Not everyone is equally sensitive to nightshades. However, since they are known to worsen inflammation in general, it is best to replace them with anti-inflammatory fruits and vegetables.

How to reduce the harm?

After your skin clears up, you can reintroduce nightshades one at a time and see which nightshade you are more sensitive to. Most reported inflammatory nightshades are; Eggplants, Hot peppers and Tomatoes, which is not surprising because they contain the highest solanine and some of them are known as irritants.

According to Dr Gundry, the author of Plant Paradox, who strongly believes that lectins as a major cause of obesity, chronic inflammation, and autoimmune diseases; there is a way to reduce the harm, cooking with high-heat methods like boiling, stewing, or soaking can deactivate most lectins and alkaloids also reduces during cooking. Here are some tips to reduce the harm of most common nightshades:

  • Potatoes:
    • Do not buy green potatoes; The green colour and bitter taste that potatoes can indicate the presence of a toxin.
    • Store potatoes in cool dark areas; When stored in a warm bright place, potatoes produce glycoalkaloids and can turn green.
    • Soak potatoes in cold water overnight; Soaked potatoes make perfect crispy fries and soaking remove the starch and some lectins.
    • Blanch potatoes for three to five minutes before frying, roasting or baking; this will help remove more toxins and whether fried, roasted or baked, blanching potatoes will also guarantee crispiness.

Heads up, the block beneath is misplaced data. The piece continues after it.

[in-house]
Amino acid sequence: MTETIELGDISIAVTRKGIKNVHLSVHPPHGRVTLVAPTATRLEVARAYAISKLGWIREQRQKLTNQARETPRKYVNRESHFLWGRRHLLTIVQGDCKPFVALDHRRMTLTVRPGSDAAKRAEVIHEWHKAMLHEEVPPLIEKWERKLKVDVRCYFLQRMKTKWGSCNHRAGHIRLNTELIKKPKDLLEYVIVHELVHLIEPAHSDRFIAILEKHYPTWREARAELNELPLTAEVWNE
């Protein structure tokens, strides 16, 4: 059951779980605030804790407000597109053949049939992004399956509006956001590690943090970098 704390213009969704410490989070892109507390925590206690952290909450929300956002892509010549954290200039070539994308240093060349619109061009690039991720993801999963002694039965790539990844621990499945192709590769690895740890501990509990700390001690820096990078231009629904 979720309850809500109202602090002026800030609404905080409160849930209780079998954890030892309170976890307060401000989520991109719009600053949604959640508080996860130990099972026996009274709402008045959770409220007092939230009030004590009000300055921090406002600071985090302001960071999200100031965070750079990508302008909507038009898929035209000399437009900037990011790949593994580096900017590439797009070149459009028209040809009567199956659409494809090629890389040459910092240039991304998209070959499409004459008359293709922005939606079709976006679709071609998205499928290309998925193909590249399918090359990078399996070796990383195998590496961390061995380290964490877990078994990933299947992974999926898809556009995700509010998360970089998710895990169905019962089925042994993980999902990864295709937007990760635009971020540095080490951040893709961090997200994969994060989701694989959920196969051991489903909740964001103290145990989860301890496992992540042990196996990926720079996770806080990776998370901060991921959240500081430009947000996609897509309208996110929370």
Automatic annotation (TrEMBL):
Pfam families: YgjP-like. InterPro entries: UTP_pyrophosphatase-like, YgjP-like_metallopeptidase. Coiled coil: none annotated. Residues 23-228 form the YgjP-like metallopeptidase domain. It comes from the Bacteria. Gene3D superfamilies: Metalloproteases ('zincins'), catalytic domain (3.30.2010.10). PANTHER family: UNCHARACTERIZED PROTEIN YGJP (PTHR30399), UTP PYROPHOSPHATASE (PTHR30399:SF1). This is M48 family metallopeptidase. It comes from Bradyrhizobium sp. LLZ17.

• Use healthy oils and consume in moderation; Deep-fried foods are a major trigger, so be aware, consume in moderation or avoid, at least during flare-ups.
  • Bell Peppers:
    • Avoid consuming raw peppers; Raw nightshades are higher in toxins, especially bell peppers (capsicum) because the presence of spoilage fungi and the co-occurrence of mycotoxins in the pepper production chain are common.[4]
    • Peel and remove all the seed; It is believed that most toxins are in the seeds and the skin. You can peel the skin by blanching, or grilling over a gas stove or placing it on a hot pan. Once the skin is well grilled, place them in a zip lock bag and let it cool to peel off easily. Peeling peppers this way gives them a smooth texture and deepens the flavour.
  • Tomatoes:
    • Avoid raw green tomatoes; Green tomatoes have higher toxic alkaloid solanine and higher acidity, therefore they are best avoided.
    • Avoid cooked tomatoes; Unlike other nightshades, tomatoes are better uncooked. Some people say they can tolerate fresh tomatoes but not cooked tomatoes. This is true because tomatoes become more acidic during cooking and they can irritate the stomach lining, cause digestive problems as well as psoriasis and eczema flare-ups.